[meteorite-list] Meteor Clue To End Of Middle East Civilizations

From: Ron Baalke <baalke_at_meteoritecentral.com>
Date: Thu Apr 22 09:47:05 2004
Message-ID: <200111051658.IAA27584_at_zagami.jpl.nasa.gov>


Meteor clue to end of Middle East civilisations
By Robert Matthews
The Sunday Telegraph (United Kingdom)
November 4, 2001

SCIENTISTS have found the first evidence that a devastating meteor impact in
the Middle East might have triggered the mysterious collapse of
civilisations more than 4,000 years ago.

Studies of satellite images of southern Iraq have revealed a two-mile-wide
circular depression which scientists say bears all the hallmarks of an
impact crater. If confirmed, it would point to the Middle East being struck
by a meteor with the violence equivalent to hundreds of nuclear bombs.

Today's crater lies on what would have been shallow sea 4,000 years ago, and
any impact would have caused devastating fires and flooding.

The catastrophic effect of these could explain the mystery of why so many
early cultures went into sudden decline around 2300 BC.

They include the demise of the Akkad culture of central Iraq, with its
mysterious semi-mythological emperor Sargon; the end of the fifth dynasty of
Egypt's Old Kingdom, following the building of the Great Pyramids and the
sudden disappearance of hundreds of early settlements in the Holy Land.

Until now, archaeologists have put forward a host of separate explanations
for these events, from local wars to environmental changes.

Recently, some astronomers have suggested that meteor impacts could explain
such historical mysteries.

The crater's faint outline was found by Dr Sharad Master, a geologist at the
University of Witwatersrand, Johannesburg, on satellite images of the Al
'Amarah region, about 10 miles north-west of the confluence of the Tigris
and Euphrates and home of the Marsh Arabs.

"It was a purely accidental discovery," Dr Master told The Telegraph last
week. "I was reading a magazine article about the canal-building projects of
Saddam Hussein, and there was a photograph showing lots of formations -one
of which was very, very circular."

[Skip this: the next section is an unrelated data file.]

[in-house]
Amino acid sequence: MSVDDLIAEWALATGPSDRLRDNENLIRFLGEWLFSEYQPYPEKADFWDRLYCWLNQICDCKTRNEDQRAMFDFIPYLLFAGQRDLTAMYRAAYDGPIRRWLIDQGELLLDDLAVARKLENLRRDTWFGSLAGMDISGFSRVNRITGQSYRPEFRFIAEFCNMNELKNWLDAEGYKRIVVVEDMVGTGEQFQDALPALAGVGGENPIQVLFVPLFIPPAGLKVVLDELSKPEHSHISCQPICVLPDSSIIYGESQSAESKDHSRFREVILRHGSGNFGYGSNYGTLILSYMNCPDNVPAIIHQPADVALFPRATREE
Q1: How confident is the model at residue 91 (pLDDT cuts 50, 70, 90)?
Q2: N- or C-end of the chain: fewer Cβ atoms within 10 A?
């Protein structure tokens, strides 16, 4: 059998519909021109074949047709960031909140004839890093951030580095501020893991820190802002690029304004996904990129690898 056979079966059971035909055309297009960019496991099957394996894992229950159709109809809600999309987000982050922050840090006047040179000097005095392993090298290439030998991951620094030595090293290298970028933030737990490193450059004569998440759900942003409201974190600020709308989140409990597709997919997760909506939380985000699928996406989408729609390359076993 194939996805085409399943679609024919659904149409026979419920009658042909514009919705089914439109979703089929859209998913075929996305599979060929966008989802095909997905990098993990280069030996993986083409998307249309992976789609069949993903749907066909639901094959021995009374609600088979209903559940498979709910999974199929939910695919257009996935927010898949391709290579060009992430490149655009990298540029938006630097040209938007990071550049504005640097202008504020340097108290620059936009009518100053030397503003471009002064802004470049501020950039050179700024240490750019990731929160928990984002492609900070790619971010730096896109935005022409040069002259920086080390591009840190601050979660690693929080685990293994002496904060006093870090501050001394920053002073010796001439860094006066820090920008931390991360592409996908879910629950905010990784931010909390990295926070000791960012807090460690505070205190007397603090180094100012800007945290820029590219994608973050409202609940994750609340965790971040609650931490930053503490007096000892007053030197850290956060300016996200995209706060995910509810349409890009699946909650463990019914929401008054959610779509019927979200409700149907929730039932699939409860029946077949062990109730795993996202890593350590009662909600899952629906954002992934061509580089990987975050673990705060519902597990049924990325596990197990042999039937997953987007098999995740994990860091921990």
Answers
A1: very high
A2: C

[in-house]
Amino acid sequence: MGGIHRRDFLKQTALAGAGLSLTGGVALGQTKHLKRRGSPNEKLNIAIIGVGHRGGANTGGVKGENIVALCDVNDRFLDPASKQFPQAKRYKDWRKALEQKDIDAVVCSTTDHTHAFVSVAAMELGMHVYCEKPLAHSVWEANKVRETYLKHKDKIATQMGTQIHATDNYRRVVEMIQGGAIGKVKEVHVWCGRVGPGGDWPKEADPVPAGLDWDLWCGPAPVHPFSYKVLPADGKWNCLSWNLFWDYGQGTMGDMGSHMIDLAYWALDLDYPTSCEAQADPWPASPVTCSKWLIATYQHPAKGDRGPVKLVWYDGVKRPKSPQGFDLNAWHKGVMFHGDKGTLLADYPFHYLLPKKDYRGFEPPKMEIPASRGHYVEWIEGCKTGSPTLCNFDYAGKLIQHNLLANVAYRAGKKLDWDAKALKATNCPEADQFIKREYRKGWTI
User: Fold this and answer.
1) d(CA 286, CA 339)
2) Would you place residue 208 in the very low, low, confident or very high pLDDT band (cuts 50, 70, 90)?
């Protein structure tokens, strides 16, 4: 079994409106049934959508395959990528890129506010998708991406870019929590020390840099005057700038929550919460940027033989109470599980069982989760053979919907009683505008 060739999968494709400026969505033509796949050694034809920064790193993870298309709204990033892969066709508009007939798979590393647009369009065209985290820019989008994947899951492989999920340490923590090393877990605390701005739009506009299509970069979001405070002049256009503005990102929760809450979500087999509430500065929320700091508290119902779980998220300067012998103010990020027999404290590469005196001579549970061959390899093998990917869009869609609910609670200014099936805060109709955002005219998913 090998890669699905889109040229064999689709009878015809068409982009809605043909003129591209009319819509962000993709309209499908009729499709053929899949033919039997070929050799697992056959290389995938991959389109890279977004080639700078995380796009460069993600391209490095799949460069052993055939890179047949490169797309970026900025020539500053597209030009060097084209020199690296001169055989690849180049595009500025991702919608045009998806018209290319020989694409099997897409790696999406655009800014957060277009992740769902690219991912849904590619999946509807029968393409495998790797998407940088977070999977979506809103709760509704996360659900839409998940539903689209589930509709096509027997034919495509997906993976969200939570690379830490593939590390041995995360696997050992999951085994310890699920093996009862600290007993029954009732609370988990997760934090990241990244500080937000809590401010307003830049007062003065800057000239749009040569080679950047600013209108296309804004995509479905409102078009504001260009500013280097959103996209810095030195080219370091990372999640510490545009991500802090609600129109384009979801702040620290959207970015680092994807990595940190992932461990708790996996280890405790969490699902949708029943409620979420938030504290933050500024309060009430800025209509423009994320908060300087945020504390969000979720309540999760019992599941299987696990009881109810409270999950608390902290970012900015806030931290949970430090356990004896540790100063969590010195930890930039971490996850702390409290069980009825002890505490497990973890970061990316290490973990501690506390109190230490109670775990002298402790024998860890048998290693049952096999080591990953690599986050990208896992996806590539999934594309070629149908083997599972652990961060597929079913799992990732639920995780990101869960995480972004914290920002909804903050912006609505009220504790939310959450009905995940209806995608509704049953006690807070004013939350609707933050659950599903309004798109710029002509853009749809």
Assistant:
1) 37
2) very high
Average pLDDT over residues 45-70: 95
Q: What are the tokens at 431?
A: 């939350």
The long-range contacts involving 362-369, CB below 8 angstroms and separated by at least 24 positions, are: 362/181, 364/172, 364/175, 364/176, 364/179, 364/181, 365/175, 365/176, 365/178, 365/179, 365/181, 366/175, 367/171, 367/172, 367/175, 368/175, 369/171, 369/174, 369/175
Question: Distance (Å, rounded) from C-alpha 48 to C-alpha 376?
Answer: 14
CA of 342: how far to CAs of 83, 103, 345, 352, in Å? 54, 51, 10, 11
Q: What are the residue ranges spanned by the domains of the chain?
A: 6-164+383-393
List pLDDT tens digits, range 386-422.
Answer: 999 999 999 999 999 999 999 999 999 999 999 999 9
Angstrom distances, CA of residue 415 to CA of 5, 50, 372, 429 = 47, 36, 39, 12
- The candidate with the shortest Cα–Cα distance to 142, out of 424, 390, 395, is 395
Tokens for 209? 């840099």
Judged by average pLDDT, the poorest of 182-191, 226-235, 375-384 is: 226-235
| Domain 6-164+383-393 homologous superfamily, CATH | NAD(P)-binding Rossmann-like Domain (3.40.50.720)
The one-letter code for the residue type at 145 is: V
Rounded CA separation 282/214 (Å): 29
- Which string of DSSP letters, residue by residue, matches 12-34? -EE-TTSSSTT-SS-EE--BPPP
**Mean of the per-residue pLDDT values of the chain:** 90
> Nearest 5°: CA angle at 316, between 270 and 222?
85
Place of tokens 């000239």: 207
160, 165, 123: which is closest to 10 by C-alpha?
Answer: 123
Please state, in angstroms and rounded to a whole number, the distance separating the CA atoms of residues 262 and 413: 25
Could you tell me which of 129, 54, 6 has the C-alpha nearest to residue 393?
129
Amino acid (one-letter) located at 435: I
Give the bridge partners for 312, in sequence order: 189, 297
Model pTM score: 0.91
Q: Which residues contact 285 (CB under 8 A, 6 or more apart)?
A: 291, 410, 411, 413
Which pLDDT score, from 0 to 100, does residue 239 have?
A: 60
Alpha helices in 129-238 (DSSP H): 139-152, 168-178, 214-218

Detailed analysis of other satellite images taken since the mid-1980s showed
that for many years the crater contained a small lake.

The draining of the region, as part of Saddam's campaign against the Marsh
Arabs, has since caused the lake to recede, revealing a ring-like ridge
inside the larger bowl-like depression - a classic feature of meteor impact

The crater also appears to be, in geological terms, very recent. Dr Master
said: "The sediments in this region are very young, so whatever caused the
crater-like structure, it must have happened within the past 6,000 years."

Reporting his finding in the latest issue of the journal Meteoritics &
Planetary Science, Dr Master suggests that a recent meteor impact is the
most plausible explanation for the structure.

A survey of the crater itself could reveal tell-tale melted rock. "If we
could find fragments of impact glass, we could date them using radioactive
dating techniques," he said.

A date of around 2300 BC for the impact may also cast new light on the
legend of Gilgamesh, dating from the same period. The legend talks of "the
Seven Judges of Hell", who raised their torches, lighting the land with
flame, and a storm that turned day into night, "smashed the land
like a cup", and flooded the area.

The discovery of the crater has sparked great interest among scientists.

Dr Benny Peiser, who lectures on the effects of meteor impacts at John
Moores University, Liverpool, said it was one of the most significant
discoveries in recent years and would corroborate research he and others have done.

He said that craters recently found in Argentina date from around the same
period - suggesting that the Earth may have been hit by a shower of large
meteors at about the same time.
Received on Mon 05 Nov 2001 11:58:10 AM PST

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